The past 2 years have seen exciting utilization of technology in Birdville ISD. The impact of tools of the read/write web, online courses, and digital media have been particularly great. One significant unifying factor in the campuses where these tools are being most broadly used is the support of the campus principal. As Tom Landry said, “Leadership is getting someone to do what they don’t want to do, to achieve what they want to achieve.” Principals have gone beyond simple endorsement and encouragement to taking on the roles of facilitator and role-model, and they have found innovative ways of applying technology to their own practice. I believe the adminstrators whose campuses have taken the lead in using technology succeed for three important reasons.
1. “If you build it, they will come.” Effective school administrators make sure that the resources needed are made available. In technology terms, much of this has occurred, certainly, at the district level. Computer purchases, network equipment, training, forward-thinking acceptable use policies, all are vital components. However, the role of the building principal is also essential. Principals must provide time for planning and collaboration for teachers, utilize campus budgets to purchase technology tools not provided by the district, and ensure opportunities for professional development which support effective technology use (Owston, 2008, p.27). Campus staff development time, for example, was set aside for teachers at Walker Creek Elementary to learn about web 2.0 tools. Other campuses have scheduled similar training, in addition to sessions on digital storytelling, podcasting, and other applications. Greg Farr, principal of Shannon Learning Center, used campus funds to purchase digital video cameras. Several principals have allowed campus funds to be used to pay for substitute teachers in order to allow teachers to attend off-campus training and conferences.
2. “Go out on a limb. That’s where the fruit is.” Risk-taking is a vital piece of the technologically innovative campus. Carolyn Ridenour and Darla Twale described the typical pace of change in education, stating, “Education is a culturally conservative profession that rewards conforming rather than bold behaviors.” (2005, p.158) This is especially true in the current environment, where standardized assessments focusing on limited skills seem to reward the utilization of a narrowly-focused curriculum, using traditional methods which encourage successful regurgitation of skills on the tests. It takes a bold and confident leader to encourage teachers to move beyond this tunnel vision and to see the bigger picture of the world where students will one day live and work. It takes faith in the teachers and a belief that good, relevant teaching that uses real-world tools can and will produce the desired results while still enabling students to achieve the desired test results.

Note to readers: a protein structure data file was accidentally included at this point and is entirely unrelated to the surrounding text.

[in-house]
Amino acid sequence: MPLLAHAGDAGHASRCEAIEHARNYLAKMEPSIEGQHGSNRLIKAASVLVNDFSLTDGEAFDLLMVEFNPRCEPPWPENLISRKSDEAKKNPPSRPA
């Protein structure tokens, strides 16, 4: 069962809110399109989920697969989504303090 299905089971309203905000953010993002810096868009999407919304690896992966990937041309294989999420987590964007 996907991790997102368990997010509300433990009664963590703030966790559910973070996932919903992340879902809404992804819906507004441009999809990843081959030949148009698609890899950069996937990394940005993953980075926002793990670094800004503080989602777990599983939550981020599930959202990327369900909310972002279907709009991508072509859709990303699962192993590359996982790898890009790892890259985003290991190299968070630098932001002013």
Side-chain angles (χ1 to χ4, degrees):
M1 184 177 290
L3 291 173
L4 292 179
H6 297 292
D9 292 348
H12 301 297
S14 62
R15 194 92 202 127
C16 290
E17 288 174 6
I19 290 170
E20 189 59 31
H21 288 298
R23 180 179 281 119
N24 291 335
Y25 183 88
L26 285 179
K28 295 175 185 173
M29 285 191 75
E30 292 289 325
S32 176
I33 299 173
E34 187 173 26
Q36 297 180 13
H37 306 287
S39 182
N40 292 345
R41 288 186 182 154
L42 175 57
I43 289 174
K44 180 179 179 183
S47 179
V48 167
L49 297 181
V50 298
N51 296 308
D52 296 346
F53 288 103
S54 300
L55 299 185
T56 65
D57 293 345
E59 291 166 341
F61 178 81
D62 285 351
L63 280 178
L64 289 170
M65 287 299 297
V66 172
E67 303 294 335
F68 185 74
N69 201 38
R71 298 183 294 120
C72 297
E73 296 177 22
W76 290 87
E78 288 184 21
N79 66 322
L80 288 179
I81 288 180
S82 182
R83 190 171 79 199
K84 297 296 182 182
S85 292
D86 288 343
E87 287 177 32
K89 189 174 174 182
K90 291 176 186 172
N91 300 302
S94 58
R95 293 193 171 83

3. “A good example is the best sermon.” Perhaps the most exciting development to me, personally, is the embracing of technology tools, including Web 2.0, by our principals in their own practice. Principals have taken the lead by starting blogs, for instance, to communicate with faculty, parents, and students. They have created podcasts and several are exploring the possibilities of streaming school events, meetings, etc. By applying the technologies in their own practice, they send a clear message to their teachers of their belief in the effectiveness of such practices.
The role that my department has taken in the process of creating technology-focused principals is to provide training and support. This summer, more than 20 principals attended training in digital media and Web 2.0. Their response was very positive. We have also shared ways to use such technologies in conjunction with instructional practices that are proven effective during administrative meetings throughout the school year. Efforts are made to share new tools and discuss means of applying the tools in less formal interactions, such as face-to-face meetings and email. Technology leadership is a group effort, involving district-level administrators, campus leaders, technology staff, and teacher leaders. However, perhaps none is as vital as the principal in setting the tone for the practices in the classroom. Cafolla states, “Leaders will act in ways that are consistent with their beliefs.” (1995, p.558) Get them on board, and good things will usually follow.
Cafolla, R. & Knee, R. (1995). Factors Limiting Technology Integration in Education: The Leadership Gap. Technology and Teacher Education Annual, 1995, 556-560.
Owsten, R. (2007). Contextual factors that sustain innovative pedagogical practice using technology: an international study. Journal of Educational Change, 8(1), 61-77.
Ridenour, C.S. & Twale, D.J. (2005). Academic Generations Exploring Intellectual Risk Taking in an Educational Leadership Program. Education, 126(1), 158-164.